Hindering new knowledge creation
Back to our thought experiment on what others would offer if the University of Michigan decided it was willing to locate all or parts of its operations anyplace on the planet. In my previous post we established the dollar amount offered would be off the charts. And that most of what Lansing is focused on would be off the table any place else on the planet.
Lets add another Lansing obsession that no one else would insist on in their offer: restricting stem cell research. You must check out a terrific AnnArbor.com article about Sean Morrison who is leaving as director of the Center for Stem Cell Biology at the University of Michigan. The article’s title: Stem cell star Sean Morrison to GOP: ‘You don’t compete by looking for ways to put stem cell biologists in jail’
Morrison commenting on new reporting requirements in the higher education budget bill said: It’s a way of making it more difficult for the University of Michigan. And it’s unfortunate, because U-M is a spectacular place, and it’s a terrific environment in which to do research, but there are lots of ways in which the Legislature holds this place back.
The Legislature positioned as holding UM back. Trying to put stem cell biologists in jail. Across the planet there is a widespread understanding that places where new knowledge are being created are amazing engines of economic growth. UM is one of those places. And the life sciences are one of the areas where new knowledge creation has unlimited potential both for improving human health and economic growth. And Lansing is putting restrictions on it? Believe me in the offers that would come from across the planet for UM there would be no calls to inhibit stem cell research. Most of the bids would include increased funding. It is the kind of research everyone wants.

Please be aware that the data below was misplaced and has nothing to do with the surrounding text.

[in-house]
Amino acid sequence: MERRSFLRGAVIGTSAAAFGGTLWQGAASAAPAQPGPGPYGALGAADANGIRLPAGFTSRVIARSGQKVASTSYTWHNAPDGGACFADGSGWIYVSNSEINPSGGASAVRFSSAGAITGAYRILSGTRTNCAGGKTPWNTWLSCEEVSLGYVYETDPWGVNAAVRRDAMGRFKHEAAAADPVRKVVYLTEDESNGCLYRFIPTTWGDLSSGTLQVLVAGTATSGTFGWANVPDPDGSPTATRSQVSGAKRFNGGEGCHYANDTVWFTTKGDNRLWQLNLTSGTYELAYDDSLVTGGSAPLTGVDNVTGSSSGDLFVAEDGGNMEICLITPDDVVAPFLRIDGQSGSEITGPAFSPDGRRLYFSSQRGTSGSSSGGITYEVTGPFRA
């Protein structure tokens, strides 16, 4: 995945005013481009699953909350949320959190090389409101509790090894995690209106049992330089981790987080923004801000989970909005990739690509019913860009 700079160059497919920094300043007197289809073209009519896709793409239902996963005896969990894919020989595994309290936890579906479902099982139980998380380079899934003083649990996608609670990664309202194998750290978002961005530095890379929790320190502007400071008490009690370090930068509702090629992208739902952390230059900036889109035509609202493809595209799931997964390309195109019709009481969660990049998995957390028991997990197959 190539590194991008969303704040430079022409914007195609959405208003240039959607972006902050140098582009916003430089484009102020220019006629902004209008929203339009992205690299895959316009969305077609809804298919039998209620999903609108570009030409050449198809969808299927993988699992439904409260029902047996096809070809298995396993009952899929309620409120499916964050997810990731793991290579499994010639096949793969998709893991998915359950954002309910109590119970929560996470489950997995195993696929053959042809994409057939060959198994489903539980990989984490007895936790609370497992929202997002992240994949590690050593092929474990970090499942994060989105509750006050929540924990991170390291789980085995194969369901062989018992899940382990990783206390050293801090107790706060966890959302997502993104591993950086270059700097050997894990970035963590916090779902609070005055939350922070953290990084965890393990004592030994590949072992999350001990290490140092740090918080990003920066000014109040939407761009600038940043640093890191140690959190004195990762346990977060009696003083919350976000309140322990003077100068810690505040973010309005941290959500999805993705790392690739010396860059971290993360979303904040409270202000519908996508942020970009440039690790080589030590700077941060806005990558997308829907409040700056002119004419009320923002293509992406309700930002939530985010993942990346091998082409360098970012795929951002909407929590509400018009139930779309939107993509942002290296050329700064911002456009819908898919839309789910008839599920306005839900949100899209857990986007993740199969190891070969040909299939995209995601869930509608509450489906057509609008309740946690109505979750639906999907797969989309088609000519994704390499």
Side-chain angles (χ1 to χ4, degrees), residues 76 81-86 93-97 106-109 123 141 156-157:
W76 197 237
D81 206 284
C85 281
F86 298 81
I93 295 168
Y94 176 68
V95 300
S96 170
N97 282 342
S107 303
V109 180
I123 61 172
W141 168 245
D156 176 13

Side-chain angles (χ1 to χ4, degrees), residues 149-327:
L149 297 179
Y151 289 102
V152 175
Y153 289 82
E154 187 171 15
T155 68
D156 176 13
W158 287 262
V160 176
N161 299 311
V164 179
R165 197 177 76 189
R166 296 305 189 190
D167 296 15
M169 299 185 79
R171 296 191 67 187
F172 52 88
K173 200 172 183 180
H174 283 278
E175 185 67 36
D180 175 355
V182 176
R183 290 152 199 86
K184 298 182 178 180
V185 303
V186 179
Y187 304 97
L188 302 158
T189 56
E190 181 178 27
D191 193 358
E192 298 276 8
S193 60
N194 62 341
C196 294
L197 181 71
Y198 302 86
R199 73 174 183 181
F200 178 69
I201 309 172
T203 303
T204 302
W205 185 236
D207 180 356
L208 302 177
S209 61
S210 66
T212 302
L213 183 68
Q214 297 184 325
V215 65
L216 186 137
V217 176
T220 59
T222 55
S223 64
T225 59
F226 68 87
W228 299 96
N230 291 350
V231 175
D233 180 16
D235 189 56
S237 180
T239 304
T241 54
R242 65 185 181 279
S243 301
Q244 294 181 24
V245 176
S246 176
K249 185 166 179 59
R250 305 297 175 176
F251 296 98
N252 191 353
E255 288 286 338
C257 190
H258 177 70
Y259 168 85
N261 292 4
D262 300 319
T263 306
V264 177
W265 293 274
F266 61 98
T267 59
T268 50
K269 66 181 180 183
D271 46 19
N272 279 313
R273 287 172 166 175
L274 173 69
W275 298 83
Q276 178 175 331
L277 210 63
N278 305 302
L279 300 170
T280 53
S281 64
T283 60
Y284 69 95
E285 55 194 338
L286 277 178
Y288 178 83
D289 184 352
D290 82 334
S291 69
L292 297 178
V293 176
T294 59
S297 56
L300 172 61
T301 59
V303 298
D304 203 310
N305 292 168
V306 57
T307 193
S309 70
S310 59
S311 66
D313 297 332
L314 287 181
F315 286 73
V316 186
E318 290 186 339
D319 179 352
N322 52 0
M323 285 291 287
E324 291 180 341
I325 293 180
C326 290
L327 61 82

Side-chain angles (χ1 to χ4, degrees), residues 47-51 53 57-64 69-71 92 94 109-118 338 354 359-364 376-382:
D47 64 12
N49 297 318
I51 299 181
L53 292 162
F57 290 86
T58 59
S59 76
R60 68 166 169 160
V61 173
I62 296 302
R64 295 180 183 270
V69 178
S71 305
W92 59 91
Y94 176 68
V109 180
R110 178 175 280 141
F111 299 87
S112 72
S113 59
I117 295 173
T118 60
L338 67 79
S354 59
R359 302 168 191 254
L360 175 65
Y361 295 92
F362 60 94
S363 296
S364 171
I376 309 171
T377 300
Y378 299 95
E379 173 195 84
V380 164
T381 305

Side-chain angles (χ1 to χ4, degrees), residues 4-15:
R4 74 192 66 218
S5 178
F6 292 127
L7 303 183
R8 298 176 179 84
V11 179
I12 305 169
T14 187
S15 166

To add insult to injury Morrison is taking his work to Texas. Yes ultra Red State, small government, low tax, social conservative Texas. One of the states we are constantly being told Michigan needs to be more like. And Texas apparently not only hassles its stem cell scientists less they are putting billions into the research.
How is it that Texas business and political (Republican) leadership can make stem cell research in particular and new knowledge creation at its public universities a state priority and we can’t? We had better figure this out if we are serious about getting to Michigan 3.0